British study posits e-cigs as another way to stub out
E-CIGARETTES may have helped some 18,000 smokers in England kick the tobacco habit last year, according to research released recently.
The survey-based study was not a clinical trial, which means the link between the use of nicotine delivery devices and the number of people who quit smoking is not iron clad.
Indeed, other research has challenged the idea that e-cigarettes are an effective substitute for tobacco.
But a team of scientists led by Emma Beard of University College London, along with experts not involved in the study, said the new evidence that "vaping" can help smokers stop was compelling.
"Successful quit attempts increased over the period of time that electronic cigarettes became popular," commented Ann McNeill, an expert on tobacco addiction at King's College London who did not take part in the research.
"In my view, smokers struggling to stop should try all possible methods, including e-cigarettes."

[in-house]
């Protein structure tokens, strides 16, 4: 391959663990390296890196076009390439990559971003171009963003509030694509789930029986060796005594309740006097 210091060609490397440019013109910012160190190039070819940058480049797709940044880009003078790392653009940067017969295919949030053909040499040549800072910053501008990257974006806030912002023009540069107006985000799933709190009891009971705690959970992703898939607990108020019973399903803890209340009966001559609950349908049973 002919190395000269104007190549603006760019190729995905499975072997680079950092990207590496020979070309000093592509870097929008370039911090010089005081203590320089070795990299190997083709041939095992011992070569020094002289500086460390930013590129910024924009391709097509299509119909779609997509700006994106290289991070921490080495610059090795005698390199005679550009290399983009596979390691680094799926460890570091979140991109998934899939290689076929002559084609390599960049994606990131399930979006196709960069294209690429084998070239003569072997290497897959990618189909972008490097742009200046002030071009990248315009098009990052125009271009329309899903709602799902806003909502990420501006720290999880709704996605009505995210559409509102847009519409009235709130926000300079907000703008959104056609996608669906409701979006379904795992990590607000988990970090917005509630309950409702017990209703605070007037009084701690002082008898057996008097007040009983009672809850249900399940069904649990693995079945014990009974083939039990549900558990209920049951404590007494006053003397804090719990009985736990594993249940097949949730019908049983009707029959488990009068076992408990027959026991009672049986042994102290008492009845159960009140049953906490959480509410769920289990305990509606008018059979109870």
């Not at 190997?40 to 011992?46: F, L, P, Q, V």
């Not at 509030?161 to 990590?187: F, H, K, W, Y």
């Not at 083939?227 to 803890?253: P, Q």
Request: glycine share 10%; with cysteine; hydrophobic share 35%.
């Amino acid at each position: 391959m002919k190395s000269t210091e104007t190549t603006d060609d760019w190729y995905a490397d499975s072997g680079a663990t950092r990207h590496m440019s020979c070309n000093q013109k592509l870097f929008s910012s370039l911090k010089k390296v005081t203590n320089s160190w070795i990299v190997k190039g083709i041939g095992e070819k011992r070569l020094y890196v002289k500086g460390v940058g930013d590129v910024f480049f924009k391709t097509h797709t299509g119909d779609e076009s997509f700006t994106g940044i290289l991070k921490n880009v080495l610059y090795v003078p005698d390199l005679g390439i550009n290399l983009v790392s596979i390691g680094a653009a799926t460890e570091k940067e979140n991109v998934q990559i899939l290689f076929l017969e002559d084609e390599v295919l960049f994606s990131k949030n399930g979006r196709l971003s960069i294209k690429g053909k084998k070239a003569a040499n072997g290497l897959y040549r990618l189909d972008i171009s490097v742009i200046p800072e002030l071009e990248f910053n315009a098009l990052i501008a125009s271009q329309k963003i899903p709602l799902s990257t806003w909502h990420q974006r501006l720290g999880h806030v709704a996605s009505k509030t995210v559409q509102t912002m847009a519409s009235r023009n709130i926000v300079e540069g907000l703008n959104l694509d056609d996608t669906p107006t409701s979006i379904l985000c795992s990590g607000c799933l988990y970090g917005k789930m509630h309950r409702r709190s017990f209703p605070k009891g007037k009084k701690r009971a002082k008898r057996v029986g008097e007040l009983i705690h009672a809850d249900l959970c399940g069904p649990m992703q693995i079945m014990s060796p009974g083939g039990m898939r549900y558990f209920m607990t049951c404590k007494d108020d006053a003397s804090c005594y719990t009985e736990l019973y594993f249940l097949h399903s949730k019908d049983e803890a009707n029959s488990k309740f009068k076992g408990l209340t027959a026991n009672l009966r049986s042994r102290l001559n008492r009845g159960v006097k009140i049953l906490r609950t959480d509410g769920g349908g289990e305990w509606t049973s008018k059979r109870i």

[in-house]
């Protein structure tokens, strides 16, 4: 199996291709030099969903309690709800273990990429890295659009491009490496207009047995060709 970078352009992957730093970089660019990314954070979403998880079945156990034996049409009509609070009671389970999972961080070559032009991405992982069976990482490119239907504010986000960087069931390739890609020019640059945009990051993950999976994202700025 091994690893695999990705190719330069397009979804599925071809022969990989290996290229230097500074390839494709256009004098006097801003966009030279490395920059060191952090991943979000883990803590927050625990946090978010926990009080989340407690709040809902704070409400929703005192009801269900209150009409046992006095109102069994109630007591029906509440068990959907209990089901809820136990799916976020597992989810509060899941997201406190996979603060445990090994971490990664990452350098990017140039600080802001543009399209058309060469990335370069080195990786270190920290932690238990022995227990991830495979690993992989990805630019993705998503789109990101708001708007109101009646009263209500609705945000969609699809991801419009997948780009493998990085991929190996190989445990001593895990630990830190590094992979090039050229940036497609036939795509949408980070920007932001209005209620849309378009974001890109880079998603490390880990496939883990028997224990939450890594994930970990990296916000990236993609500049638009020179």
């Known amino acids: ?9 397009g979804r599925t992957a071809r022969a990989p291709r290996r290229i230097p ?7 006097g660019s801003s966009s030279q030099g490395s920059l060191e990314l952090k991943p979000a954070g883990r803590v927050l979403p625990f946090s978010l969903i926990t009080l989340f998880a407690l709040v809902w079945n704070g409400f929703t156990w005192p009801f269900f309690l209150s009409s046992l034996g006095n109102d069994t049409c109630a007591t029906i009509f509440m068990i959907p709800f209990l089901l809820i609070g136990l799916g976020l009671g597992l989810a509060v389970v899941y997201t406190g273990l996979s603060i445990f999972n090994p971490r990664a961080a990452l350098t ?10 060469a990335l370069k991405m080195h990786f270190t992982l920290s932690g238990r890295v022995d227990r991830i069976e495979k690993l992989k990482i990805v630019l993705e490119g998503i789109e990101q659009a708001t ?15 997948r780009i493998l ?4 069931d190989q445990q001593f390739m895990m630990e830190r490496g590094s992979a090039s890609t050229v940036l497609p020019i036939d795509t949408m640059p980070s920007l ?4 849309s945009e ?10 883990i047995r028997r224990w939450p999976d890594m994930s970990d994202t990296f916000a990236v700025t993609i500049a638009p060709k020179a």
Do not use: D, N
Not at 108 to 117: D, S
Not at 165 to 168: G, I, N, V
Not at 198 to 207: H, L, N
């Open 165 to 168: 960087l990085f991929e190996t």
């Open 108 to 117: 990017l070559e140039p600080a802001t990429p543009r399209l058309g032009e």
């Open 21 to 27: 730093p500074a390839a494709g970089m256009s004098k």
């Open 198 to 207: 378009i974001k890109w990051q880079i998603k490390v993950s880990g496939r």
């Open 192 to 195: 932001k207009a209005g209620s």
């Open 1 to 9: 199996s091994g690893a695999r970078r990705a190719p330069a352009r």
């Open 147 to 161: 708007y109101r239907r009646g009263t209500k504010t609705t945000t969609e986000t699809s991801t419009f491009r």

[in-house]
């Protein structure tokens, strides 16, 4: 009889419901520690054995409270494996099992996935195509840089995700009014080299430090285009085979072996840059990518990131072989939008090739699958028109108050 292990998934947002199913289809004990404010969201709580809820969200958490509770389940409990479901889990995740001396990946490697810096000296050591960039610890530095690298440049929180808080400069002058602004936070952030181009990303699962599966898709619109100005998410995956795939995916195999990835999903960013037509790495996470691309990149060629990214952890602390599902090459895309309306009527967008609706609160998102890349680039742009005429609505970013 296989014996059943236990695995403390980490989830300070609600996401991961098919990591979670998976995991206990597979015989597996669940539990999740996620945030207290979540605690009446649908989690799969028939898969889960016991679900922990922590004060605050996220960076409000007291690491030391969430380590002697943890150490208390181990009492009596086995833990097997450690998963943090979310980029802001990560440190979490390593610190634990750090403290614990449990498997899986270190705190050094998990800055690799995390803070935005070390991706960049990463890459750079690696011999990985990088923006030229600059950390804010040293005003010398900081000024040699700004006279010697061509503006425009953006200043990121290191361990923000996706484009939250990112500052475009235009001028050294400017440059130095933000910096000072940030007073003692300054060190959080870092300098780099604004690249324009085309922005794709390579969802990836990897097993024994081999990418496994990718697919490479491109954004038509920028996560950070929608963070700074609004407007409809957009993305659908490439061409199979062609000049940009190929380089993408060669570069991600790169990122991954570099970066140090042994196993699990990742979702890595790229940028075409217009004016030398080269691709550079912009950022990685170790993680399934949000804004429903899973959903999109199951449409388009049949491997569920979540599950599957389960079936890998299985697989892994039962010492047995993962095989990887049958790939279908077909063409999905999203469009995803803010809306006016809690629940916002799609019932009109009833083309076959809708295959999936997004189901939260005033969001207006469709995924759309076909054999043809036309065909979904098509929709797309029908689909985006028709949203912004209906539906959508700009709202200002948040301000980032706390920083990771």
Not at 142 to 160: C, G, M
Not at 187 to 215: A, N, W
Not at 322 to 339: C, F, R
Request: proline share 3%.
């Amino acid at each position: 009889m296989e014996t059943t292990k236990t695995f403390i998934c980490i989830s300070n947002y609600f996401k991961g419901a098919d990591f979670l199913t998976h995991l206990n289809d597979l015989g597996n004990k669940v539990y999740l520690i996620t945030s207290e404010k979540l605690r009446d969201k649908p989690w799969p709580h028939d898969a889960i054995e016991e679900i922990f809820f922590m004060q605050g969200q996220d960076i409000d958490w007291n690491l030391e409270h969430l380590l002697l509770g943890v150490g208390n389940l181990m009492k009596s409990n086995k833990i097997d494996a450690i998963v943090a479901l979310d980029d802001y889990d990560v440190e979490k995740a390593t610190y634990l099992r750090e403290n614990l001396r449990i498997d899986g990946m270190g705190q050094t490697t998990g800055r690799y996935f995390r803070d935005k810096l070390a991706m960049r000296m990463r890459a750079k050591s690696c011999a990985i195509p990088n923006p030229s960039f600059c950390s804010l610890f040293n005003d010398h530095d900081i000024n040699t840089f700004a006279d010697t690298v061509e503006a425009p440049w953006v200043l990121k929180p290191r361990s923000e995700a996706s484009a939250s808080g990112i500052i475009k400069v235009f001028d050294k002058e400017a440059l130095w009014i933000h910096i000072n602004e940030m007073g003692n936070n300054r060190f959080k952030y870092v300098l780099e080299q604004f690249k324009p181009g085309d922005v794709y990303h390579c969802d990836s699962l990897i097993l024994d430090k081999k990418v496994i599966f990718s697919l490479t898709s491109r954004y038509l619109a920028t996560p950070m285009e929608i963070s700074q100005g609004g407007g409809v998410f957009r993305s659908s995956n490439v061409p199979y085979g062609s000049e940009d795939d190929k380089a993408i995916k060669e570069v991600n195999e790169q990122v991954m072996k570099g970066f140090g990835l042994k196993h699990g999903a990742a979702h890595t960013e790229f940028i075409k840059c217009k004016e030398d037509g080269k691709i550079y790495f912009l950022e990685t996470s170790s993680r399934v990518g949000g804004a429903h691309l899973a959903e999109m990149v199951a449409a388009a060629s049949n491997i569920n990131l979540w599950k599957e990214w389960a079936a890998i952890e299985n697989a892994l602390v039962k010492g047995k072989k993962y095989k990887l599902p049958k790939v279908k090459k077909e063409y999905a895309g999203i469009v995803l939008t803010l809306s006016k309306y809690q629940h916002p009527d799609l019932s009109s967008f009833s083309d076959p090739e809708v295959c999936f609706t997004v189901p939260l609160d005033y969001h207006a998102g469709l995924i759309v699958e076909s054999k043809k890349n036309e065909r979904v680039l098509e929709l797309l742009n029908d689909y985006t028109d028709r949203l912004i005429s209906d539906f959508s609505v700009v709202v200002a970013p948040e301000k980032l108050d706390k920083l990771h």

The study pointed out that funding for other public programmes to help people curb or quit smoking had been cut back at the same time, increasing the likelihood that e-cigarettes played a positive role.
One in five adults in Britain smoke, and tobacco - which kills 100,000 people there each year - is the top preventable cause of cancer.
Britain's public health service offers tobacco users several pathways for quitting, including medication and counselling.
As of today, e-cigarettes - used by 2.8 million British residents - are not on the menu.
The study suggests that perhaps they should be.
"Although these numbers are relatively small, they are clinically significant because of the huge health gains from stopping smoking," team leader Beard and colleagues reported in The BMJ medical journal.
Another report on e-cigarettes in Britain, released at the same time, concluded the devices may help smokers quit.
The Cochrane Review - updated from 2014 - found there were no serious side effects associated with e-cigarette use.